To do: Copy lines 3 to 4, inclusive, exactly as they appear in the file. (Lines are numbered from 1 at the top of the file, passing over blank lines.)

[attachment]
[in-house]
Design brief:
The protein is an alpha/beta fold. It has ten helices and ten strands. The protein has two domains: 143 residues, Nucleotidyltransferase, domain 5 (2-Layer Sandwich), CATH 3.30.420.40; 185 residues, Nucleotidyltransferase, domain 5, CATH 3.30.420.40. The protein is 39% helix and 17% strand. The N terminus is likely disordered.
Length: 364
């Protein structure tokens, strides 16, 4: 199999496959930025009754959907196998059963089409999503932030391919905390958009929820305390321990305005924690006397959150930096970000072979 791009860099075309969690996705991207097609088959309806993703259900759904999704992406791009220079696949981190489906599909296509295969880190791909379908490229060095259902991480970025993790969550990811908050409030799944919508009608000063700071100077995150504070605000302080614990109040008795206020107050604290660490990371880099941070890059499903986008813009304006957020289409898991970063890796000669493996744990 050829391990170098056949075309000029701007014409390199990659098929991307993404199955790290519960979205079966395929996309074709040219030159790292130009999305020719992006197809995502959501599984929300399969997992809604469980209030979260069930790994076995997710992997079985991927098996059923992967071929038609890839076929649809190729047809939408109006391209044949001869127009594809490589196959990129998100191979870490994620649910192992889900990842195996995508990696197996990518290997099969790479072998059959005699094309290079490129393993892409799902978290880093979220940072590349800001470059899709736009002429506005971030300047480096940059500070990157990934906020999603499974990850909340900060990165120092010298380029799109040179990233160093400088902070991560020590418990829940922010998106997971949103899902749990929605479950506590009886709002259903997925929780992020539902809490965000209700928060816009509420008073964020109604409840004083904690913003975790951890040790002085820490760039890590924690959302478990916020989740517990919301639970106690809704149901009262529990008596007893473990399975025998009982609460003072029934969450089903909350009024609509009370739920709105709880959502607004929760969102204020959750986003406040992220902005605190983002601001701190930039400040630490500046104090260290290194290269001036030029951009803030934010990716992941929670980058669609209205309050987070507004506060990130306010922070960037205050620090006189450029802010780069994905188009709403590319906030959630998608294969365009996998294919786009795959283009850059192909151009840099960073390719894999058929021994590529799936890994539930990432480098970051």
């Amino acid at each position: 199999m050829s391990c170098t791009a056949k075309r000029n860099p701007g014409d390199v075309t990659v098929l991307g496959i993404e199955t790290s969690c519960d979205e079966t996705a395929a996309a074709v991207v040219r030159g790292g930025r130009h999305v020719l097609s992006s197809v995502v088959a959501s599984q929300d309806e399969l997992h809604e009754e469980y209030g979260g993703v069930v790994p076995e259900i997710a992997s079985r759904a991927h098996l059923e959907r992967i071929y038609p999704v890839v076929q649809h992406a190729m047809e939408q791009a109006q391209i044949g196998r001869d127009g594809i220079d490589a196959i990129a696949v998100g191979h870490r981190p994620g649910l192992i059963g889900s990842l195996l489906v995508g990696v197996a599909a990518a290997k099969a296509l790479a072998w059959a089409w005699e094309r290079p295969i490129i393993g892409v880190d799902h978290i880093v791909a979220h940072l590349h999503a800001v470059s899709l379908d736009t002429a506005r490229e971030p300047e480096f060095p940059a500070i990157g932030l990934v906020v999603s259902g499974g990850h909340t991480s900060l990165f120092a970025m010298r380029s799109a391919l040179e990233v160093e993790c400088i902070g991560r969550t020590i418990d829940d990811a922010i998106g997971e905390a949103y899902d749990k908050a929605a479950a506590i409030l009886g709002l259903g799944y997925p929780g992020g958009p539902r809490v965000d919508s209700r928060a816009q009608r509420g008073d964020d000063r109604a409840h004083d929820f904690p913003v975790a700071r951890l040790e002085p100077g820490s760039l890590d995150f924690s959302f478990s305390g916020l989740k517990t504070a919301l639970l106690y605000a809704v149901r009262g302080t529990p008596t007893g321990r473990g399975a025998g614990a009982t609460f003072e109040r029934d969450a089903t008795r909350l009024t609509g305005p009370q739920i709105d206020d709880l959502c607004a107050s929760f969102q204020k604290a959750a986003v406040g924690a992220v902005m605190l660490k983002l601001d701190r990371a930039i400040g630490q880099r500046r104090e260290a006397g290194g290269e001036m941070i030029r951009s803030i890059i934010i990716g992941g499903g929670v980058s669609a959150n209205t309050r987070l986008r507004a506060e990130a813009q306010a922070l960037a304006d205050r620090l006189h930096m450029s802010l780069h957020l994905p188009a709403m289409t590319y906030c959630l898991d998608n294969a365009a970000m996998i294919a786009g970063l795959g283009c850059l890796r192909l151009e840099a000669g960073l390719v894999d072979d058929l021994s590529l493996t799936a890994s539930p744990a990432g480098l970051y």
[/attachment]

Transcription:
The protein is an alpha/beta fold. It has ten helices and ten strands. The protein has two domains: 143 residues, Nucleotidyltransferase, domain 5 (2-Layer Sandwich), CATH 3.30.420.40; 185 residues, Nucleotidyltransferase, domain 5, CATH 3.30.420.40. The protein is 39% helix and 17% strand. The N terminus is likely disordered.
Length: 364